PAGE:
All statistical significance was assessed using ANOVA and Fisher’s least significant difference (LSD) post hoc test was performed using STATISTICA software (StatSoft Inc., Tulsa, OK, USA).
Classification of cervical biopsies based on colposcopic impression for the different histopathological grades
Low grade lesions
High grade lesions
Quantitative tissue phenotype analysis of confocal images
We studied the correlation between histology and QTP features of confocal images calculated from 46 cases at 15 µm below the epithelial surface. We observed that cell density was higher in high-grade CIN than in CIN1 or normal specimens (Fig. 4). We also observed that the penetration depth (maximum depth at which images can be obtained) was larger in normal biopsies than in abnormal biopsies (with an average of ~80 µm in normal cases vs. ~50 µm for abnormal cases—data not shown).
Quantitative tissue phenotype analysis of histological images
Comparison of QTP analysis of confocal images with colposcopic appearance
The Spearman correlation coefficient between histopathological diagnosis and colposcopic impression was 0.43. The correlation between histopatholgical diagnosis and nuclear area, cell density, ENC ratio, and 3NDND were 0.56, 0.77, 0.81, and 0.77, respectively.
Sensitivity and specificity of colposcopic appearance, ENC ratio, and 3NDND for the detection of cervical dysplasia (imaging depth is 15 µm)
Detecting high-grade lesions
Detecting any lesion
Quantitative tissue phenotype analysis of confocal images at different depths
Sensitivity and specificity of ENC ratio and 3NDND for the detection of cervical dysplasia at different confocal imaging depths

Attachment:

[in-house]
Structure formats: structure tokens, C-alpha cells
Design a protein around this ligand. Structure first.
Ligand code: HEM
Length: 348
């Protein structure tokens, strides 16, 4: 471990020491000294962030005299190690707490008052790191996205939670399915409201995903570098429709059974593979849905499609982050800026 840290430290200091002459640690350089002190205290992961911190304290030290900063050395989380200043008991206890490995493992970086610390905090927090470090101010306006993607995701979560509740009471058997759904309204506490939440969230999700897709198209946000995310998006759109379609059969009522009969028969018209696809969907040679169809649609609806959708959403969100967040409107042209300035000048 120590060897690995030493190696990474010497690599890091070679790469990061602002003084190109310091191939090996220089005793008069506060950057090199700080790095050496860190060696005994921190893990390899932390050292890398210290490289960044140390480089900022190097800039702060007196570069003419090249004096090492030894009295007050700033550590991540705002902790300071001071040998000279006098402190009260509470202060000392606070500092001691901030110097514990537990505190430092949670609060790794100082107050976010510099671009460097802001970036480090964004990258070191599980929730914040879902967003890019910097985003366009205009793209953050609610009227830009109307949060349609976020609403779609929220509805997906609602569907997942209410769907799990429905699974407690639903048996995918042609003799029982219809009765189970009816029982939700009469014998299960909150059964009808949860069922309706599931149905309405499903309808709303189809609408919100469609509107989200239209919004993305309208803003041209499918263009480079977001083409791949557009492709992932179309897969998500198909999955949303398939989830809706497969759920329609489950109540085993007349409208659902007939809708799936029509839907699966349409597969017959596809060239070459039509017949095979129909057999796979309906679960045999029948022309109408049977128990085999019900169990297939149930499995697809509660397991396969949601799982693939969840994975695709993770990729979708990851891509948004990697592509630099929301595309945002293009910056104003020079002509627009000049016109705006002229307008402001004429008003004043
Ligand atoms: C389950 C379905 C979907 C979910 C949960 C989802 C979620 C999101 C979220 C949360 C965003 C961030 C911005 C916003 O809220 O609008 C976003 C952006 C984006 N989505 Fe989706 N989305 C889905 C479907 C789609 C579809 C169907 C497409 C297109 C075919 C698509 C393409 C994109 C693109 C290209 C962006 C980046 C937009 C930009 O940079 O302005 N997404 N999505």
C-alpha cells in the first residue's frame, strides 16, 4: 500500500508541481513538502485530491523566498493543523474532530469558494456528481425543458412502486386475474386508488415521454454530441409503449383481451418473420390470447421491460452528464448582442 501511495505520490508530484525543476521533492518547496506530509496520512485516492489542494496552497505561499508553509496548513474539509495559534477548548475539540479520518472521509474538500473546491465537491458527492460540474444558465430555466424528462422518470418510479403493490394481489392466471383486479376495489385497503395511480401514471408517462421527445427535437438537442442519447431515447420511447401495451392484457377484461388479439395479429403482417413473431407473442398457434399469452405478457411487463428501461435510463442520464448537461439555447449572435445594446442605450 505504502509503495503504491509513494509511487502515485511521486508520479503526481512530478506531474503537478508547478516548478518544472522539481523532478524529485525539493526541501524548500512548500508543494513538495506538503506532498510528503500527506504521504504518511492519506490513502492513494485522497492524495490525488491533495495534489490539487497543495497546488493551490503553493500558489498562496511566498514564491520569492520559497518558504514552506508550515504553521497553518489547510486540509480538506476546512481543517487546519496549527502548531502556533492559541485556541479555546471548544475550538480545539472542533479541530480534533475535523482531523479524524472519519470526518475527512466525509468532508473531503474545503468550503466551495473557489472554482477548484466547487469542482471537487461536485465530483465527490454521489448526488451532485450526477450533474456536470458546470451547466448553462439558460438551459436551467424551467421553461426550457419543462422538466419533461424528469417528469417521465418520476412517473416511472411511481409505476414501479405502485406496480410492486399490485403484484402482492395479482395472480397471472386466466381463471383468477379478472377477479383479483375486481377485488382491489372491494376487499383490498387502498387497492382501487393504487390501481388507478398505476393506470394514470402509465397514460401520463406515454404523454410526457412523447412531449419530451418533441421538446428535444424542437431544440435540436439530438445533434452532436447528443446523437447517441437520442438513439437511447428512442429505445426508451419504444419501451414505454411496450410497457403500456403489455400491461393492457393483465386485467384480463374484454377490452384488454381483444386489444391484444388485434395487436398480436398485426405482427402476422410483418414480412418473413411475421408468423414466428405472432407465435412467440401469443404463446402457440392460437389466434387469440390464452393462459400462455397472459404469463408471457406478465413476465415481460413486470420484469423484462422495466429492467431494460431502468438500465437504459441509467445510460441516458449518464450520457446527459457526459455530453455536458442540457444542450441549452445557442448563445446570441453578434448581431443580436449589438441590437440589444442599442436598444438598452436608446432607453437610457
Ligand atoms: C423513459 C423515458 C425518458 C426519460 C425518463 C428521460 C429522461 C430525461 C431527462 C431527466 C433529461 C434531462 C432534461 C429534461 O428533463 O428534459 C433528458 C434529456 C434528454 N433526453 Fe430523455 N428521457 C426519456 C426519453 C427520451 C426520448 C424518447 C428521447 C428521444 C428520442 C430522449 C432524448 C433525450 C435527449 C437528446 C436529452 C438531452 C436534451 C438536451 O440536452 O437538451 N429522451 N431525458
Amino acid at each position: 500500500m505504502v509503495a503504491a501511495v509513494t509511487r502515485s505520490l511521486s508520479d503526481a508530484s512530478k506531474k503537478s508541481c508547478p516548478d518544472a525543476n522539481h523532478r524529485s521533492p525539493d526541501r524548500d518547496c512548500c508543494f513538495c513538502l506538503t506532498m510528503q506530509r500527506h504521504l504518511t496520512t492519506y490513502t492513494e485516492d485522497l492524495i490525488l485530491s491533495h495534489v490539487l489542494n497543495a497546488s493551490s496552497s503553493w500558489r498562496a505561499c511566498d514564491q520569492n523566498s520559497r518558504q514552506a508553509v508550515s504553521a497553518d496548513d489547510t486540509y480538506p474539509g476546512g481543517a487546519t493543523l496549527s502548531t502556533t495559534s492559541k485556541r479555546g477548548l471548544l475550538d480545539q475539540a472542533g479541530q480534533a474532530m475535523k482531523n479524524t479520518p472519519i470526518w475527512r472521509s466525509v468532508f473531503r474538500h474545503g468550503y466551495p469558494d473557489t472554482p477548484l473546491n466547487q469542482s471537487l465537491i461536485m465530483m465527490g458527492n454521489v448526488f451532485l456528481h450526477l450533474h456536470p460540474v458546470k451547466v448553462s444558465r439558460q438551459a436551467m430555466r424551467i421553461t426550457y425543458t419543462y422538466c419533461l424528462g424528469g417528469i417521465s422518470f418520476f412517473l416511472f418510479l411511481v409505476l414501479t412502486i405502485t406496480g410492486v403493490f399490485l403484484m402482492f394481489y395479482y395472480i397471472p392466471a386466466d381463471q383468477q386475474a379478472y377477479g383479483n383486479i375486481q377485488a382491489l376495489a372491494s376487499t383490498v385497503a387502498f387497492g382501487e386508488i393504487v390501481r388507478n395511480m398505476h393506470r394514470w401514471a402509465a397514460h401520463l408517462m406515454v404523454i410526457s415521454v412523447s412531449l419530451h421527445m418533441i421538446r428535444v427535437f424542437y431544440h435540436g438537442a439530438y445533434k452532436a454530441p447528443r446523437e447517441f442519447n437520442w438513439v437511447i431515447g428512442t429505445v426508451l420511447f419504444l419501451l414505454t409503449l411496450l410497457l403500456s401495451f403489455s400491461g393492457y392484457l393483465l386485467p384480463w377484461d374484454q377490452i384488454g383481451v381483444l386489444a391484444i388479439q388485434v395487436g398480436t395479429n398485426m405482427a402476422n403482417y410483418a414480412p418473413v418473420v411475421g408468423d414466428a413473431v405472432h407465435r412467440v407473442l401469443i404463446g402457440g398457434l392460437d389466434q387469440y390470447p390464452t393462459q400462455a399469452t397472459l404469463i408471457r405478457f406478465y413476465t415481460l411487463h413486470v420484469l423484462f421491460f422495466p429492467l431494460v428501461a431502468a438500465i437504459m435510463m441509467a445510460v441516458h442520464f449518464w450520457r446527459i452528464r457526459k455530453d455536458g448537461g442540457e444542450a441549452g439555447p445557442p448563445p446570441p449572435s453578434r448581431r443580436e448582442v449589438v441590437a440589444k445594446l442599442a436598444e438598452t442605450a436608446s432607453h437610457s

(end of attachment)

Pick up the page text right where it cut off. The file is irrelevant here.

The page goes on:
Detecting high-grade lesions
Detecting any lesions
Interestingly, we observed that low-grade lesions that showed a high ENC ratio value (measured at 15 µm [see Fig. 11b] and comparable to high-grade lesions) have an ENC ratio value similar to other low-grade lesions when imaged from the surface or 30 µm deep. In addition, we noticed that a confocal image obtained at a 15 µm depth was saturated due to the maladjustment of the parameters of confocal microscopy at the time of imaging, explaining the overestimation of the nuclear size.
Currently, colposcopic examination of the cervix is used to detect preneoplastic lesions after an abnormal Pap test and to guide biopsy selection for disease diagnosis and staging. Unfortunately, challenges exist with regards to the accuracy and reproducibility of this approach. Pre-neoplastic lesions are associated with a variety of morphologic and tissue architectural alterations; and confocal microscopy has previously been used to non-invasively detect changes in cell morphology and tissue architecture, which may be used to confirm histopathological diagnoses and assess progression likelihood [2, 11–13]. Ultimately, clinical application of confocal imaging will lead to a new breed of “clinical pathologists” who can detect and grade preneoplastic lesions in vivo using real-time optical imaging .